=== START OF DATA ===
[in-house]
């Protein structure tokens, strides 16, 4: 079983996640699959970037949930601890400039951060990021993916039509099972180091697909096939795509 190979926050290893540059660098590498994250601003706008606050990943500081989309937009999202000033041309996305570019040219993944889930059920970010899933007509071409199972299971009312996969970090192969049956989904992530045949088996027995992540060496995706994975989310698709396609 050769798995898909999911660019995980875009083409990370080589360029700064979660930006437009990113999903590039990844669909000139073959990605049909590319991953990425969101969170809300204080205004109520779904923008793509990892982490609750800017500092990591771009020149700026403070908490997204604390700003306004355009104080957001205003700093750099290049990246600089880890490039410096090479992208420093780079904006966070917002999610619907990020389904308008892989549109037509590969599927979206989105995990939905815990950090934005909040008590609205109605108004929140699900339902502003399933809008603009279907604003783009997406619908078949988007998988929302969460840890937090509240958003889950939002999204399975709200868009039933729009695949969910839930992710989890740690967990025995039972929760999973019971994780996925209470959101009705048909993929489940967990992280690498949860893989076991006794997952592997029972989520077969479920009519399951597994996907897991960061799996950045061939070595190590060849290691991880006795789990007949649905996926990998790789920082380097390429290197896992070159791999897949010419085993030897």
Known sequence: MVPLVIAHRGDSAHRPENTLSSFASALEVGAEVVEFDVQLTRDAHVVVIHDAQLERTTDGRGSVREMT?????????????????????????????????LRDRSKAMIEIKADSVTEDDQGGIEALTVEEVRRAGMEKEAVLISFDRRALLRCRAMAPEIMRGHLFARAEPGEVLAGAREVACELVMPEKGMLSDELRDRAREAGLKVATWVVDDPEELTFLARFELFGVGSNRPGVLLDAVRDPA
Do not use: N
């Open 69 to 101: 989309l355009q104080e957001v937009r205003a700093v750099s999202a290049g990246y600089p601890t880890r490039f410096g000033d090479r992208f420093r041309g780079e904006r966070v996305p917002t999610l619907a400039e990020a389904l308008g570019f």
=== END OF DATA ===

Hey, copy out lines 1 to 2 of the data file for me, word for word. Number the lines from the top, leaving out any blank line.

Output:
[in-house]
């Protein structure tokens, strides 16, 4: 079983996640699959970037949930601890400039951060990021993916039509099972180091697909096939795509 190979926050290893540059660098590498994250601003706008606050990943500081989309937009999202000033041309996305570019040219993944889930059920970010899933007509071409199972299971009312996969970090192969049956989904992530045949088996027995992540060496995706994975989310698709396609 050769798995898909999911660019995980875009083409990370080589360029700064979660930006437009990113999903590039990844669909000139073959990605049909590319991953990425969101969170809300204080205004109520779904923008793509990892982490609750800017500092990591771009020149700026403070908490997204604390700003306004355009104080957001205003700093750099290049990246600089880890490039410096090479992208420093780079904006966070917002999610619907990020389904308008892989549109037509590969599927979206989105995990939905815990950090934005909040008590609205109605108004929140699900339902502003399933809008603009279907604003783009997406619908078949988007998988929302969460840890937090509240958003889950939002999204399975709200868009039933729009695949969910839930992710989890740690967990025995039972929760999973019971994780996925209470959101009705048909993929489940967990992280690498949860893989076991006794997952592997029972989520077969479920009519399951597994996907897991960061799996950045061939070595190590060849290691991880006795789990007949649905996926990998790789920082380097390429290197896992070159791999897949010419085993030897």